LAKE ELMO, Minn. — The EPA announced today it wants to lower harmful chemicals in our drinking water, focusing specifically on PFAS, also known as “forever chemicals.” They’re stubborn toxic synthetic chemicals that once in the environment are hard to remove
PFAS are in everything from cosmetics to cookware. The EPA has several steps to take before new limits will go into effect, but several communities in Minnesota are already living with the impact of the forever chemicals. In 2018, the state settled with 3M for $850 million over its alleged damage to drinking water in the east metro.
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Jeff Holtz and his family moved to Lake Elmo, and then learned about the PFAS contamination in the drinking water.
“Lake Elmo is the epicenter, but it’s impacting tens of thousands of families through no fault of their own,” Holtz said.
He remembers the initial questions and concerns, and can understand what new communities are going through.
“You have that worry in the back of your mind of what is going on, what are the risks, do we need to do something ourselves,” he said.
Holtz became part of a work group that learned more about the forever chemicals and decided where 3M settlement dollars would go to mitigate the pollution, and to improve the drinking water. He’s now a city council member.
He says that the ways to remedy the situation cost money, and the work includes taking wells offline, installing new pipes to connect to water systems, adding filters, and more. With the water tested every quarter, he says information for communities is paramount.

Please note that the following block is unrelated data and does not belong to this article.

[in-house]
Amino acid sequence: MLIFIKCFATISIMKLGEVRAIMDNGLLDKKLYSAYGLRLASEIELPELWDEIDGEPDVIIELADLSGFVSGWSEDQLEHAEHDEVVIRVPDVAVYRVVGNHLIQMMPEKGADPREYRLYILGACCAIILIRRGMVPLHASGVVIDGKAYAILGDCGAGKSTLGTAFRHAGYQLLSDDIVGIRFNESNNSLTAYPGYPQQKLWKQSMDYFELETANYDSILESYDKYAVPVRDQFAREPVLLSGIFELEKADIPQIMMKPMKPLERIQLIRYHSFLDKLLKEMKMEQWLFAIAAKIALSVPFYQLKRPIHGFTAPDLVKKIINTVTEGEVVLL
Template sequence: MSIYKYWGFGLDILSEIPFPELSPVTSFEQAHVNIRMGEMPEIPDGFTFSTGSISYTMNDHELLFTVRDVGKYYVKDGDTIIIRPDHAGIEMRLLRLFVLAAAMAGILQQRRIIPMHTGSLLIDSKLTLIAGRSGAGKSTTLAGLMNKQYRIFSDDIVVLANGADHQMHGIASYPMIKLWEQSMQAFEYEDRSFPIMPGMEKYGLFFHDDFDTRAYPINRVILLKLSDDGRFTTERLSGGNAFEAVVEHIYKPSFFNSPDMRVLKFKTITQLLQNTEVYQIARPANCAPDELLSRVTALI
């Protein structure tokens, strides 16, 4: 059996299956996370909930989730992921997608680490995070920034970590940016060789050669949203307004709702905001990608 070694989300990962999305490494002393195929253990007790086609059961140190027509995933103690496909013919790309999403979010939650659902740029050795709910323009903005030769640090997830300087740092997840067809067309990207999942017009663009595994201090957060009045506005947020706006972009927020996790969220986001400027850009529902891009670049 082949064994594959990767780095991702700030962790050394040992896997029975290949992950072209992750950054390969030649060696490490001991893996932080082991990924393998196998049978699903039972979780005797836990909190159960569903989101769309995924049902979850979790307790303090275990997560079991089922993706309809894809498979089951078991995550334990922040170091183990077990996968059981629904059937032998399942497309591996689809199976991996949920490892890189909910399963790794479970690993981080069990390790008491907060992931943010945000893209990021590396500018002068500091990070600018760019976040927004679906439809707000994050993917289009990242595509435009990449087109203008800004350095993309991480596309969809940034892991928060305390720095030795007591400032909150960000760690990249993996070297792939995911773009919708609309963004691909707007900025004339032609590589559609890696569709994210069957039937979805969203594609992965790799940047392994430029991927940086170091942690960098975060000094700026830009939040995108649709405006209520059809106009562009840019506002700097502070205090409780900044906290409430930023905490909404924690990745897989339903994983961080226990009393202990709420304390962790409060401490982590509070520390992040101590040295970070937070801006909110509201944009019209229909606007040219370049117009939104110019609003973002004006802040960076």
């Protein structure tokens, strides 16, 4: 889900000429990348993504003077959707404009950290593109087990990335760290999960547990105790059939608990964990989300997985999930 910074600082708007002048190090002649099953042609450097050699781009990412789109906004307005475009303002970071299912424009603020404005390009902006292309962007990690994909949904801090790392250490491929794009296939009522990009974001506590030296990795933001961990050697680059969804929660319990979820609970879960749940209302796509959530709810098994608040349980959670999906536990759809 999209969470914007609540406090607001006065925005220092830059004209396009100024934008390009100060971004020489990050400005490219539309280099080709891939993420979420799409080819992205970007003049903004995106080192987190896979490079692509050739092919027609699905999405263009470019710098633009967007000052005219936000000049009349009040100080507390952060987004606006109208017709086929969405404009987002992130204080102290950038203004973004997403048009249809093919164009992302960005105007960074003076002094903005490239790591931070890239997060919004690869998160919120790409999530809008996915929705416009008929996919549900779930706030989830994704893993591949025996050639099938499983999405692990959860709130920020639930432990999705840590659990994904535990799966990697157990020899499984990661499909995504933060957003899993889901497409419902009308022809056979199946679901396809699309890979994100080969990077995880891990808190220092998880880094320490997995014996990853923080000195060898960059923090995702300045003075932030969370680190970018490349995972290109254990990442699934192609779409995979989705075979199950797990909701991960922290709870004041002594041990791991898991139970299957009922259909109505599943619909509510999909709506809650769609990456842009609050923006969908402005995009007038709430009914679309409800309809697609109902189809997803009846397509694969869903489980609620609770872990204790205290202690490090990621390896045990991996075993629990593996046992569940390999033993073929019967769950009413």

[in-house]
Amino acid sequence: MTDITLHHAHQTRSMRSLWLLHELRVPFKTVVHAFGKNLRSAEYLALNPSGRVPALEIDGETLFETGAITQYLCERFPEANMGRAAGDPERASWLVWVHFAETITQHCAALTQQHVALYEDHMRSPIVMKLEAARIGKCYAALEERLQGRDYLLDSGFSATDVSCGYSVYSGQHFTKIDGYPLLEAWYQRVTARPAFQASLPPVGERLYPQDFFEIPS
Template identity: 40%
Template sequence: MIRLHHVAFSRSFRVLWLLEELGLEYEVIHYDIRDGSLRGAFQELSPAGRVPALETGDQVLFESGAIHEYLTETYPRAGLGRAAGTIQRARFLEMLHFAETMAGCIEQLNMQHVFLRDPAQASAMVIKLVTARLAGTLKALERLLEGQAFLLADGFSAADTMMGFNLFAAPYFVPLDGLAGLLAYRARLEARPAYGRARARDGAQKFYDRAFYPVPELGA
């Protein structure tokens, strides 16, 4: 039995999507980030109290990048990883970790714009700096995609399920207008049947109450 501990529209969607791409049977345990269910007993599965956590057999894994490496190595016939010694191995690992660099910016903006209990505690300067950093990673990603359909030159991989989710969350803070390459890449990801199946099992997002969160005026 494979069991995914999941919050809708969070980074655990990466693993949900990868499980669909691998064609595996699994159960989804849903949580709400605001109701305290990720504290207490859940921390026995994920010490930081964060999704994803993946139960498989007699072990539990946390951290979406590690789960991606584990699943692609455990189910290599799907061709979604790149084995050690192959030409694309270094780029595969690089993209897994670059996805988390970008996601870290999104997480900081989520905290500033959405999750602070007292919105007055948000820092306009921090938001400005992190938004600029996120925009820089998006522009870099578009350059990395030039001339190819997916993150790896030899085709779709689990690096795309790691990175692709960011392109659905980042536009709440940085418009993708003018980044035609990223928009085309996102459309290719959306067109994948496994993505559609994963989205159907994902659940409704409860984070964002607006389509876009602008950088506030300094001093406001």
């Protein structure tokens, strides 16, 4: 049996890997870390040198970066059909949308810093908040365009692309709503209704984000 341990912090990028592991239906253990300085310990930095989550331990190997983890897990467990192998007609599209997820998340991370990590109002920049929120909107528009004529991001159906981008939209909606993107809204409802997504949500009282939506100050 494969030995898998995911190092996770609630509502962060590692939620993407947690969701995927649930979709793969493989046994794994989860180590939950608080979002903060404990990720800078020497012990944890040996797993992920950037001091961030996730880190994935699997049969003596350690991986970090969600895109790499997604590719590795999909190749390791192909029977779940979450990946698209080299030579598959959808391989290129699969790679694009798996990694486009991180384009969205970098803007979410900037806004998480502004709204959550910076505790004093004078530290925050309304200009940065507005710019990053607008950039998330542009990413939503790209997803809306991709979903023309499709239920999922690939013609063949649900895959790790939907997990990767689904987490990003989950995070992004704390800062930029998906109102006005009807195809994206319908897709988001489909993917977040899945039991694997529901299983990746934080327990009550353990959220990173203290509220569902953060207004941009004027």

The state is testing a way to remove and reduce PFAS from the environment at Tablyn Park in Lake Elmo, using a trailer referred to as a “SAFF.” It’s made in Australia, and is one of only a handful in the country, says MPCA hydrogeologist Rebecca Higgins. It uses air, and just air, to remove PFAS from water, pulling in water through exterior pipes into a set of drums inside.
The PFAS starts rising to the top and it starts foaming in the top area. It then gets sucked out and contained.
Engineers are fine tuning the right levels to get the best response.
“We want to protect human health and the environment to the degree we possibly can, to the degree the technology is capable of, to the degree that’s reasonable,” Higgins said.
Holtz says he’s optimistic the steps agencies are taking is protecting people.
“Residents deserve clean water. It is their right and families depend upon it, businesses depend upon it, schools, hospitals,” Holtz said.
While his water is safe now, Holtz knows health guidelines can change based on new information, potentially changing how his community responds and if others will feel the impact of PFAS.
“There’s always the level of concern of what will the science say tomorrow. Where will the plume be moving to tomorrow? It’s a balancing act of vigilance, with trying to stay informed,” he said.
The state’s pollution control agency rolled out a plan to track the chemicals around nearly 400 facilities, and the Minnesota Department of Health has started testing for PFAS in water systems.
Click here to find an interactive dashboard where you can check on your own community.
Jennifer Mayerle happily returned to Minnesota and WCCO, where she began her career as an intern. The Emmy and Edward R. Murrow award-winning journalist joined WCCO as a reporter in May 2014. She also anchors “WCCO Saturday Morning” from 8-9 a.m.